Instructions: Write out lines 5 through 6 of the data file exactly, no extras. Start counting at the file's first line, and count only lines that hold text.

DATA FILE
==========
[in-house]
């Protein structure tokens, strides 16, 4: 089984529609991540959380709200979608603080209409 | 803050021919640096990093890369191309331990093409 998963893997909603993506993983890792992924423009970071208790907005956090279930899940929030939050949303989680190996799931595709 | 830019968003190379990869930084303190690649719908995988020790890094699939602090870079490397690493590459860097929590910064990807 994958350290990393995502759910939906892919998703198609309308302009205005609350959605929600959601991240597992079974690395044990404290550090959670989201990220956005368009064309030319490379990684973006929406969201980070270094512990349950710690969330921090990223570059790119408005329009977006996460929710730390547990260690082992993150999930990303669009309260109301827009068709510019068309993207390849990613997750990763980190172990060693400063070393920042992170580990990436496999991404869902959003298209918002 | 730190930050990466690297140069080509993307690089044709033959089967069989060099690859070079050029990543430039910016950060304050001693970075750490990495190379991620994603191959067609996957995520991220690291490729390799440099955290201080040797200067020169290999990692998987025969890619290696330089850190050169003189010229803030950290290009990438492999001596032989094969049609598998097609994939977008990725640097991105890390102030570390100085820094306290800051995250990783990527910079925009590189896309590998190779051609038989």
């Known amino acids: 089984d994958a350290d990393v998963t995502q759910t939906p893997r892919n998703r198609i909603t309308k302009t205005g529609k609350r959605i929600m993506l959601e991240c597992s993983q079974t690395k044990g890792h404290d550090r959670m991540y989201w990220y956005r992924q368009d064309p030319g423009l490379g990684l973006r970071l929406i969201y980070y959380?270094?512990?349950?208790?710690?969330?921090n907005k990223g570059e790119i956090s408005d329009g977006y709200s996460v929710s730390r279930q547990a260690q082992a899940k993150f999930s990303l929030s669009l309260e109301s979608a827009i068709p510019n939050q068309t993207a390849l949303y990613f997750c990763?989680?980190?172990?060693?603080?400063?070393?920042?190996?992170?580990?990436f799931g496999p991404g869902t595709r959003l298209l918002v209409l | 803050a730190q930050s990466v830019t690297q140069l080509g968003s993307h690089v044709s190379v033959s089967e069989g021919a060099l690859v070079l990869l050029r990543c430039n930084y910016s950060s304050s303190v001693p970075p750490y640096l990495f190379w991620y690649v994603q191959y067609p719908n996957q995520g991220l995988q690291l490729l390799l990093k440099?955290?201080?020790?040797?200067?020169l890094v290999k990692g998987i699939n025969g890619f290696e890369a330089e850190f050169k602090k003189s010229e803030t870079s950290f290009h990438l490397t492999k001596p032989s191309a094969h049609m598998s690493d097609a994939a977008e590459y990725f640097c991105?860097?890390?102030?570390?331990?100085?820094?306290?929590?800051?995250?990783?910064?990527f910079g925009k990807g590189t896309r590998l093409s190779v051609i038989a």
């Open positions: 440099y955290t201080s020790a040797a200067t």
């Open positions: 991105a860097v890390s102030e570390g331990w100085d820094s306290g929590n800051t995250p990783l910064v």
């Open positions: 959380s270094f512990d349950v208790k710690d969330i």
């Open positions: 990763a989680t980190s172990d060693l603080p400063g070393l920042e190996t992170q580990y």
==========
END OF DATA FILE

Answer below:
């Open positions: 991105a860097v890390s102030e570390g331990w100085d820094s306290g929590n800051t995250p990783l910064v």
């Open positions: 959380s270094f512990d349950v208790k710690d969330i």